Climate change: The effects of current and future climatic conditions on Great Basin Bristlecone Pine regeneration are uncertain. Climate change may be hindering regeneration on sites in the interior Great Basin.
The best development of Great Basin Bristlecone Pine forests occurred during the Pleistocene, when the climate was both cooler and wetter. Extensive forests extended down mountain slopes in the Great Basin, and Great Basin Bristlecone Pines occupied Mojave Basin mountain slopes, where they are now absent.
Mountain top stands, lower elevation stands, or stands now on marginal sites may be threatened by climate change, though it is difficult to predict the complex interactions of changes in temperature, precipitation patterns, and shifting insect and disease ranges. In many places, potential habitat occurs upslope of existing populations, indicating potential for upslope shifts in distribution to accommodate a warming climate. Lower elevation populations could potentially be compromised by black stain, introduced by upslope movement of pinyon pine. Shifting patterns of various insects and diseases in response to long term changes in temperature and/or precipitation could affect existing stands, particularly at the current lower tree limit.
Blister rust: Bristlecone Pine is one of the five-needle pines susceptible to the exotic pathogen, White Pine Blister Rust (Cronartium ribicola A. Dietr.). Blister rust resistance is being evaluated at the USDA Forest Service, Institute of Forest Genetics, Placerville, CA. Preliminary results show no evidence of the hypersensitive response with 30% of the seedlings canker-free. Both Rocky Mountain Bristlecone Pine (Pinus aristata Engelm.) and Great Basin Bristlecone Pine are highly resistant to blister rust, in part due to wax-occluded stomata. In addition, the predominant alternate host, Ribes cereum, is highly resistant to infection by aeciospores, thereby making it difficult for the rust to complete its life cycle in the alternate host. However, levels of resistance of Great Basin Bristlecone Pine to blister rust remain unclear. Laboratory studies have shown Great Basin Bristlecone Pine seedlings to be lacking key alleles that confer genetic resistance to blister rust. Populations in the White and Inyo Mountains, which lie close to moderately high infection centres in the Sierra Nevada, may be at greatest risk for blister rust infection and spread.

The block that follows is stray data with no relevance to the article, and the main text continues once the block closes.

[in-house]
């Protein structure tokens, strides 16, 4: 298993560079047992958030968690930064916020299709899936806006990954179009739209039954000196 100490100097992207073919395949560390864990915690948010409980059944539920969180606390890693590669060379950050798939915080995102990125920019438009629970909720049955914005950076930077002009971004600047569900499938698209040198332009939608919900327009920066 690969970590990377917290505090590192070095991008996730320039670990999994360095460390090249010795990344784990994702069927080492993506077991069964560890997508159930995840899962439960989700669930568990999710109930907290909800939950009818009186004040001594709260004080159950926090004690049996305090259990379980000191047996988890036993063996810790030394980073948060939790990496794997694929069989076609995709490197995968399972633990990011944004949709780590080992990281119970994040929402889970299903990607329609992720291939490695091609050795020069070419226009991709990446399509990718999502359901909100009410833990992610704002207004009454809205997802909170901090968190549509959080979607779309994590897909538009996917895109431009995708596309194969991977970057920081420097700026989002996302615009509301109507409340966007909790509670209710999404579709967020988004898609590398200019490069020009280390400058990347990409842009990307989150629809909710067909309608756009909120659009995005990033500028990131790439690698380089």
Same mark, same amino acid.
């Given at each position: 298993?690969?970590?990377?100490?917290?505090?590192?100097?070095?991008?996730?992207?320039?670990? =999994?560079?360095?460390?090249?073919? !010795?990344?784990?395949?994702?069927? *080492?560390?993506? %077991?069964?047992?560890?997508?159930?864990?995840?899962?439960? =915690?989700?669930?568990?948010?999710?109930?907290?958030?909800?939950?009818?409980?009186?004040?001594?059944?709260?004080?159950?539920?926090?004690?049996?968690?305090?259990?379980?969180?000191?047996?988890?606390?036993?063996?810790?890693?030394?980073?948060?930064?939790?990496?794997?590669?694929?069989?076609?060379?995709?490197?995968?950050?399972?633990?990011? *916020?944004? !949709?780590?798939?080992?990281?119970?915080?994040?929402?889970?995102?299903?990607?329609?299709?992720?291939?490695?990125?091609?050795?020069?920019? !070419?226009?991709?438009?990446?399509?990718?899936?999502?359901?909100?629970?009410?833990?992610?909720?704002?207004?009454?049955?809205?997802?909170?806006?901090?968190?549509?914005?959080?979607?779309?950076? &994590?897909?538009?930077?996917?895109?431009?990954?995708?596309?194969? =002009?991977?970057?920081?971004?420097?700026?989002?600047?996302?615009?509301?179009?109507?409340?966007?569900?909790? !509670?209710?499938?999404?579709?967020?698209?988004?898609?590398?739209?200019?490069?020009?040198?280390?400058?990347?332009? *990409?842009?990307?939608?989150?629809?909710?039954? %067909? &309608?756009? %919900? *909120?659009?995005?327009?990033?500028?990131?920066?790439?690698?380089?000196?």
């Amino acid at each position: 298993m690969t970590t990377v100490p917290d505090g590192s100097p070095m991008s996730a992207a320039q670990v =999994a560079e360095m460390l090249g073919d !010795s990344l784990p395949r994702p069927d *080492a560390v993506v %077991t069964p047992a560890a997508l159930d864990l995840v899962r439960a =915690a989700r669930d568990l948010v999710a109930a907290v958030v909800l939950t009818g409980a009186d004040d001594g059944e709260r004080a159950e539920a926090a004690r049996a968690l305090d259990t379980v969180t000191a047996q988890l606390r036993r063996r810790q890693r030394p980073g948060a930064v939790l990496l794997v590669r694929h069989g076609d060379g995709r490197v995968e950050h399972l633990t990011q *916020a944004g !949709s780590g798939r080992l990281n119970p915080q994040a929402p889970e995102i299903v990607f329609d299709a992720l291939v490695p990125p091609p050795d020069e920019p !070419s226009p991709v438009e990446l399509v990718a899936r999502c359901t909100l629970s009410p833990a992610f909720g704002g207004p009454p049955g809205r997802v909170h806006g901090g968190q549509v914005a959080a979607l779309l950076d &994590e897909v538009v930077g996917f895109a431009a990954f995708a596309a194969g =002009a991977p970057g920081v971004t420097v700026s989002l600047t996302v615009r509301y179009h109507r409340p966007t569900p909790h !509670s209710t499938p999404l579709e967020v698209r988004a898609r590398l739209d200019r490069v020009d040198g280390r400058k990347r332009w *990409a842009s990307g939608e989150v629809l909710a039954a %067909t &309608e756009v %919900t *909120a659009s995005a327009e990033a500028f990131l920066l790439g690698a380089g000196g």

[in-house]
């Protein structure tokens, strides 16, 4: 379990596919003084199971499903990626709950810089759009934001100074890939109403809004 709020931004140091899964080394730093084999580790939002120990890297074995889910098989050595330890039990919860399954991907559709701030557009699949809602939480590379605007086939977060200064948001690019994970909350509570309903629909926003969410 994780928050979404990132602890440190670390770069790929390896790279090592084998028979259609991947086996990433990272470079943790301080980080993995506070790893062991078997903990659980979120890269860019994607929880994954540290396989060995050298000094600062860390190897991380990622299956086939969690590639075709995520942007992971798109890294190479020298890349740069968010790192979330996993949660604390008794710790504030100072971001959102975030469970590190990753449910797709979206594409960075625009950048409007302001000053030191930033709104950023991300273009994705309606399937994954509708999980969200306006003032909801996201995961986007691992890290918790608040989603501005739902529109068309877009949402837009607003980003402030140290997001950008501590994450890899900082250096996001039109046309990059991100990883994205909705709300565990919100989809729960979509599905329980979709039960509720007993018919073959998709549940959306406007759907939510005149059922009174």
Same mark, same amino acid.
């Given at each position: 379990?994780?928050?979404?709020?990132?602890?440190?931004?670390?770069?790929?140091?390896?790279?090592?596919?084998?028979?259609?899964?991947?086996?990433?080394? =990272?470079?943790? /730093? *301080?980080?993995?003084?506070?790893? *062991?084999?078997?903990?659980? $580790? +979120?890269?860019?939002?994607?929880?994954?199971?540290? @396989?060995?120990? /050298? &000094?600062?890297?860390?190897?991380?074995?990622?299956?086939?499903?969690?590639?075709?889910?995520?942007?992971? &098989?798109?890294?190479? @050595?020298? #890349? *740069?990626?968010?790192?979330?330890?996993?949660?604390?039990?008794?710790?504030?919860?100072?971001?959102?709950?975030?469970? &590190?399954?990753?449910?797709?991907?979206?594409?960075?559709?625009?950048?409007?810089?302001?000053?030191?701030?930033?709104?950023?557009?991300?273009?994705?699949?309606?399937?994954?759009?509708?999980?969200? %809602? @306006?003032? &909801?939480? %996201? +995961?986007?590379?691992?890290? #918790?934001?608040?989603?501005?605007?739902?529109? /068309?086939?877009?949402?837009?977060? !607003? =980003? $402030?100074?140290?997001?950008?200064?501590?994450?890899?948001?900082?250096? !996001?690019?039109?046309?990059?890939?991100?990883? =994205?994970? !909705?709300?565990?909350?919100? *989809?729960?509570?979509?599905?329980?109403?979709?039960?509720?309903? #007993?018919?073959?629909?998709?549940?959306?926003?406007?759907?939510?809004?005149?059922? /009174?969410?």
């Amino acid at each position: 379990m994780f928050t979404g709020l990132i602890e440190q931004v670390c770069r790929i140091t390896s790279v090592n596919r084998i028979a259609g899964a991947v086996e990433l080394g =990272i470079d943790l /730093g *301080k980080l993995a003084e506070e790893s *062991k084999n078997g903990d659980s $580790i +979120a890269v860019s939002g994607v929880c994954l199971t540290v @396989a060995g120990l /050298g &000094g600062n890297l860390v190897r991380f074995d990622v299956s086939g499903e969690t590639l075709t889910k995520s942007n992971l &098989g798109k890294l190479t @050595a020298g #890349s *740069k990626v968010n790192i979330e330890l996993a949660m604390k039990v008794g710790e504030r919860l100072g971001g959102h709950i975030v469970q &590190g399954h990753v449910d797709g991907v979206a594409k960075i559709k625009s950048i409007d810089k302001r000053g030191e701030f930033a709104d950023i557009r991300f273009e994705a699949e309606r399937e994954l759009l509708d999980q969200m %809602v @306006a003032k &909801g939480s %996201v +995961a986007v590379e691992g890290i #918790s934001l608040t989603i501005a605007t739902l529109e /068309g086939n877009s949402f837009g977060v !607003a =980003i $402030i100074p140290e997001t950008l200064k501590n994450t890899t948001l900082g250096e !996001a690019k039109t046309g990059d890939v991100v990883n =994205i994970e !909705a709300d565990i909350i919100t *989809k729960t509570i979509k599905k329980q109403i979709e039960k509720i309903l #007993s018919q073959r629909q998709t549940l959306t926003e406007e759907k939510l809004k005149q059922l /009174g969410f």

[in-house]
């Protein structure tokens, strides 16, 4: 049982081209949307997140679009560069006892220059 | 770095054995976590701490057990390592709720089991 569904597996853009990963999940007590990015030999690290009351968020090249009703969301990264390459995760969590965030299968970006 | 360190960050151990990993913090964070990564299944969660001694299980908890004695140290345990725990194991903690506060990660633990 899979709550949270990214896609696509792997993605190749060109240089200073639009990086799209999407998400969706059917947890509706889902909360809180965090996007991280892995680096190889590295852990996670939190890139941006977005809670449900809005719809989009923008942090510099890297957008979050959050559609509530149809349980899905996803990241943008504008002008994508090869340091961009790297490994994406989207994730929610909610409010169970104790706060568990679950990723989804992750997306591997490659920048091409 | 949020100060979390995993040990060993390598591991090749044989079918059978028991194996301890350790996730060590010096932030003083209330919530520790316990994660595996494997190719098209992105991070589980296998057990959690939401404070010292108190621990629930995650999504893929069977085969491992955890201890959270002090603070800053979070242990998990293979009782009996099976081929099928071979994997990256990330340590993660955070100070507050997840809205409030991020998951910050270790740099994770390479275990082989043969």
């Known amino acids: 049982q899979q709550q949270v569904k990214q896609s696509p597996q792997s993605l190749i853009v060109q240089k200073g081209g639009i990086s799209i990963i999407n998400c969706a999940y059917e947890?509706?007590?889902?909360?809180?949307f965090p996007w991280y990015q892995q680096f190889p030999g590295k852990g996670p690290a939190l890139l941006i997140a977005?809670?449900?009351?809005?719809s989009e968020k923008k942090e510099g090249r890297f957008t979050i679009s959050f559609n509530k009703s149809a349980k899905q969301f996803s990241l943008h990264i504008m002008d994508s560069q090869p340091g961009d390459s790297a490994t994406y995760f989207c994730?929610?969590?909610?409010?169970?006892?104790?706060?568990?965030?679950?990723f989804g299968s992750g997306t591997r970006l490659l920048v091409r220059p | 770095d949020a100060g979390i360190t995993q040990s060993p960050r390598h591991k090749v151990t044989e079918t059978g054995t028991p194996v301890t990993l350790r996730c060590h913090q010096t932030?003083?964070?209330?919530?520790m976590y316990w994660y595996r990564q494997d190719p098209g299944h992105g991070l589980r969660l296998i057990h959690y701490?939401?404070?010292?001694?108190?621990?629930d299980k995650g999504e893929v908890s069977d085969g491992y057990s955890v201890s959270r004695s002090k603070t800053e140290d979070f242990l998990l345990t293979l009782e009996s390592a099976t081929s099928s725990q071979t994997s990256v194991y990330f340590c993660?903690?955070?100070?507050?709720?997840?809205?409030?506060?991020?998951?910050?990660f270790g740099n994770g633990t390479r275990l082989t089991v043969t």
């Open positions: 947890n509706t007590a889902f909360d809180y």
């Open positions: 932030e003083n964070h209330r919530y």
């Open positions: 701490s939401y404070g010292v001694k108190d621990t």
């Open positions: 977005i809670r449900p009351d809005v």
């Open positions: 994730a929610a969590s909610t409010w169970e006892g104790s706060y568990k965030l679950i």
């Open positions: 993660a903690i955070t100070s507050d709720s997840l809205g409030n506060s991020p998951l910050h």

Other insects and/or disease agents: Mountain pine beetle, dwarf mistletoe, wood-rot basidiomycetes and wood decay fungi are all known to infest Great Basin Bristlecone Pine. The dry high-elevation sites of most Great Basin Bristlecone Pine currently serve to slow fungal growth and wood decay.
Wildland fire: based on its thin bark, Great Basin Bristlecone Pine is adapted to survive only low-severity surface fires. With low productivity and widely spaced stands, there are usually not enough fuels to carry fire in high-elevation Great Basin Bristlecone Pine sites. When fires do occur at high elevations, they are typically small, low-severity surface fires. Stand dynamics in these areas are generally more influenced by climate and seed dispersal patterns than by fire.
In contrast, fuels are sufficient to carry fire in denser, lower-elevation sites where Bristlecone Pine occurs in mixed forests. Little documentation exists of post-fire establishment, growth rate, and successional role of this species. Post-fire establishment may be favoured on mixed conifer ecotones, lower-elevation limestone soils, and other sites that are marginally productive for other conifer species but relatively good for Great Basin Bristlecone Pine. Further research is needed on this topic.Commercial timber production: Though Great Basin Bristlecone Pine-limber pine forests were logged in the 1860s for structural timber, the species is no longer commercially important as a timber product.